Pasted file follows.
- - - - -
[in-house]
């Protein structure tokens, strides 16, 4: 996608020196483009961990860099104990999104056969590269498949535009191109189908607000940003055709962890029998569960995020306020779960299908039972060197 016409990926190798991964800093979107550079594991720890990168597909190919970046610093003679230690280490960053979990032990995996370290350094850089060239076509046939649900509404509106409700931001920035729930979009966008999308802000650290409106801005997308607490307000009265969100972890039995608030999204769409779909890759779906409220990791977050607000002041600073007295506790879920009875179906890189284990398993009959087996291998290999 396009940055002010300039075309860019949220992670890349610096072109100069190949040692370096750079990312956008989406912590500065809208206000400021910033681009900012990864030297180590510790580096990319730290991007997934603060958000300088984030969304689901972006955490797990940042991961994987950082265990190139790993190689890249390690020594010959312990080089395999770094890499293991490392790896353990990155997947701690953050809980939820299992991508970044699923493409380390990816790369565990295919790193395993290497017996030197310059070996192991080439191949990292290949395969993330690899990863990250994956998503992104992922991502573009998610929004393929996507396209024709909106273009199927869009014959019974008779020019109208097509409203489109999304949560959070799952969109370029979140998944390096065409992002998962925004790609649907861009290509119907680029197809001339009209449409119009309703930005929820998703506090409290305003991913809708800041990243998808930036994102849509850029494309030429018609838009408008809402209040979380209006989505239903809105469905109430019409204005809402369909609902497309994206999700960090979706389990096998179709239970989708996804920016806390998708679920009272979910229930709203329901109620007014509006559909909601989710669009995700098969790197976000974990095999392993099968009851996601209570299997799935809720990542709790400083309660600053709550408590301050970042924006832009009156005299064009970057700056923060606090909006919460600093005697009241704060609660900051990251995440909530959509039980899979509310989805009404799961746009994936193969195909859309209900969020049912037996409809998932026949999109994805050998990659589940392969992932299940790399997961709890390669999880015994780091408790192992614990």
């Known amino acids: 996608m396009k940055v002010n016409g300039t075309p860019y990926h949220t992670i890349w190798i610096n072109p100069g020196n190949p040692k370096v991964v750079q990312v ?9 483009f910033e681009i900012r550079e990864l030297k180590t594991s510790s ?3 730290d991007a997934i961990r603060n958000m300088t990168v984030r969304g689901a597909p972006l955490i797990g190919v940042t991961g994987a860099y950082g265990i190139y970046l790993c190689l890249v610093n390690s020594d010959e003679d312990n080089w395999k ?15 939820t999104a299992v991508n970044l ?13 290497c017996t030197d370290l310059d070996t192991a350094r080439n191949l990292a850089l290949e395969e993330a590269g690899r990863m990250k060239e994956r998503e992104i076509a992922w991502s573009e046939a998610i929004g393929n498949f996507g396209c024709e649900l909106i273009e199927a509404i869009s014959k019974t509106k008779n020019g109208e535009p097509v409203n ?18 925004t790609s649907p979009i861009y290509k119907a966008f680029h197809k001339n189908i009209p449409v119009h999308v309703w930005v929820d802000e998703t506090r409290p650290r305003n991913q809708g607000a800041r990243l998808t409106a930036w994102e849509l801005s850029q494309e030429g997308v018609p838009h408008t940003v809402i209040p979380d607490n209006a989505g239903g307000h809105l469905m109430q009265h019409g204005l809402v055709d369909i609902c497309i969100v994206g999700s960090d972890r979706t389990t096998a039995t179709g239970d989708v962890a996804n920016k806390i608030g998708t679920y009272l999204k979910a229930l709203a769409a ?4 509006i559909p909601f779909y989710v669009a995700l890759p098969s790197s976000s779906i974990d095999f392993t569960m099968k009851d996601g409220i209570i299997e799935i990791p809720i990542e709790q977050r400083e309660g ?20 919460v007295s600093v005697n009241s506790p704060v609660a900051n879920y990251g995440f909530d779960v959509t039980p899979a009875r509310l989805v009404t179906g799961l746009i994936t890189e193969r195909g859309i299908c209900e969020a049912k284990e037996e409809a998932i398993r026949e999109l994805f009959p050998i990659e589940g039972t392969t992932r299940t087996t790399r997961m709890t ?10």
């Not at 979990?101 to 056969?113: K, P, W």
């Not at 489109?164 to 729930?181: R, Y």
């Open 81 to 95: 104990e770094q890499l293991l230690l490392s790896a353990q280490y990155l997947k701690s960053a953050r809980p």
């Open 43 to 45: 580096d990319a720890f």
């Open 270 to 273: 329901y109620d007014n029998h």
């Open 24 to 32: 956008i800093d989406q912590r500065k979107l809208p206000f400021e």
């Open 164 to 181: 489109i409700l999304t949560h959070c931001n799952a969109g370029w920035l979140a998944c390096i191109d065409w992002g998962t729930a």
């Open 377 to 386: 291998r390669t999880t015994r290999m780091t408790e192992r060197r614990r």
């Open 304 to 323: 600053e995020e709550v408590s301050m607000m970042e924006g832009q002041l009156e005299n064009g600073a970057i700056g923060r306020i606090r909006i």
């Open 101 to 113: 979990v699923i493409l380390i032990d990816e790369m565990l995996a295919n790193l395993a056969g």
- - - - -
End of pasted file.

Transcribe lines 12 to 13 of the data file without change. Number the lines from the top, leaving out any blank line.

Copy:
């Open 304 to 323: 600053e995020e709550v408590s301050m607000m970042e924006g832009q002041l009156e005299n064009g600073a970057i700056g923060r306020i606090r909006i």
């Open 101 to 113: 979990v699923i493409l380390i032990d990816e790369m565990l995996a295919n790193l395993a056969g």